On long rides, or ones with harsher conditions, striking the balance between packing light and being prepared is always a challenge. Whether I’m on a short mountain bike ride or a multi-day tour I don’t want to be weighed down with a bunch of unnecessary gear, but at the same time the thought of being unprepared for a broken chain, sliced tire, or some other mechanical is not exactly appealing. The designers at Specialized have quietly been designing some neat solutions to this challenge. Their goal is largely centered around use on a mountain bike but much of what they have come up with lends itself quite well to touring as well.
I want to carry the bare minimum of gear needed for any ride, but I also want things organized in such a way that whatever I may need to deal with delays along the journey should also be the things most accessible in a hurry. A camp stove can be deep inside a bag but a flat repair kit and a multi-tool need to be easy to access. I think about things in terms of having a problem in the rain. How can I solve the problem without getting anything wet that needs to stay dry?
Specialized calls their line of gear for this purpose “SWAT.” or Storage Water Air Tools. I have been using some of products in the SWAT line for a couple months now with great success.
The EMT cage mounted multi-tool and stem top cap chain tool work nicely towards this end. The multi-tool is stored neatly in its own housing that is bolted onto the bottom of a ZEE side load cage, (also a nice bit of engineering for smaller frames or using a frame bag) while the chain tool is actually tucked away inside the steerer tube of my fork. Both can be quickly accessed preventing me from having to fumble around inside a bag. The tool itself has all the basic needs for roadside adjustments and the chain tool even has a place to stash an extra quick link. Pretty smart. These two little tools can be acquired separately or as part of a full kit. The full kit includes a storage box that also fastens to the base of a water bottle cage, housing a full flat repair kit in it.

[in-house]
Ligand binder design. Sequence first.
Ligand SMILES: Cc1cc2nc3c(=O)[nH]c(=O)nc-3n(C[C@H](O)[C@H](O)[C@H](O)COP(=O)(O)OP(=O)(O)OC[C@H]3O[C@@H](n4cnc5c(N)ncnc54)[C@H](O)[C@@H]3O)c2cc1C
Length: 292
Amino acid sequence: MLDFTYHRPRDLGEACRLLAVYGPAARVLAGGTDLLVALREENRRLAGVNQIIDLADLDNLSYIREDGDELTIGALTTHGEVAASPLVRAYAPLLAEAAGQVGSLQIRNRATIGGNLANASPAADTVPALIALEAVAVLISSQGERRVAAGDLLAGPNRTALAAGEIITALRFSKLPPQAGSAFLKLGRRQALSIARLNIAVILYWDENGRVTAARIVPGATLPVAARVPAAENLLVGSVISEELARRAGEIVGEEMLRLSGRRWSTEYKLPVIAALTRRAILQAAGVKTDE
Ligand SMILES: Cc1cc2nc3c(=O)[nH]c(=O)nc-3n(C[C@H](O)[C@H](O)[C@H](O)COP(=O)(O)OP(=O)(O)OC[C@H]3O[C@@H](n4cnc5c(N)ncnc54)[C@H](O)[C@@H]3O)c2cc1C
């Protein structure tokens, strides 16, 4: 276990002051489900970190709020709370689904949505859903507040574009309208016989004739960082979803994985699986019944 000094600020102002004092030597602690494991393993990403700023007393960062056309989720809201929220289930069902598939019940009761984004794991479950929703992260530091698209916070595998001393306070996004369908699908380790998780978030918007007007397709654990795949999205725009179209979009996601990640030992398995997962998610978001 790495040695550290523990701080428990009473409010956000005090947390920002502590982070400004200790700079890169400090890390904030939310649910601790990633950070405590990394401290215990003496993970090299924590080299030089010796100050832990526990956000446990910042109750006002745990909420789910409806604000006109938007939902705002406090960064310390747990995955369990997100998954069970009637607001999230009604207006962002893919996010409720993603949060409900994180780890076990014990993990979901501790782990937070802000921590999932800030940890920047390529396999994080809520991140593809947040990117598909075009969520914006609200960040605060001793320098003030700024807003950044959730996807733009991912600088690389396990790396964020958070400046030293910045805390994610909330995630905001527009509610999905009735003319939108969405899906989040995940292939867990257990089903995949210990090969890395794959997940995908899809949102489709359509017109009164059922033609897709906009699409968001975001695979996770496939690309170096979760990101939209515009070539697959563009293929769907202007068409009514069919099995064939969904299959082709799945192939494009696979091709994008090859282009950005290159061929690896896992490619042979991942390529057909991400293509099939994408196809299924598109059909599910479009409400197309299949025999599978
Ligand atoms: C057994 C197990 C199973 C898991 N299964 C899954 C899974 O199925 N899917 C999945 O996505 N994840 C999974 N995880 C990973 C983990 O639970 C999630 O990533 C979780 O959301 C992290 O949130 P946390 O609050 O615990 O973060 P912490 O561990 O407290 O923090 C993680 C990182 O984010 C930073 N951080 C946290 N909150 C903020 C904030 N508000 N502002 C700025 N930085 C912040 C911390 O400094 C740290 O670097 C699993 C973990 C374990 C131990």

In addition to clever tools, Specialized has also developed some very useful apparel for the SWAT line. In particular I have been using the Mountain Liner Bib Short quite a bit this year. On many of my rides I opt for more casual, baggy shorts and a t-shirt rather than a jersey and bib “kit.” This usually means minimal or no pockets on my shirt and I don’t like anything loose in my baggy shorts.
The SWAT bibs are essentially a normal looking pair of bib shorts constructed out of a much lighter weight fabric. The fabric is more like that of a summer weight base layer than lycra and is noticeably cooler when worn under baggy shorts, compared to a normal weight lycra short. A very comfortable chamois is in there to keep my butt happy as well. That in itself is a nice thing and would make these worth having in my opinion, but there is more to it. Sewn into strategic positions are 5 pockets perfect for stowing stuff for the ride. I can keep things like my I.D. and debit card super handy for a store stop as well as whatever other small essentials the ride calls for. Pretty brilliant actually.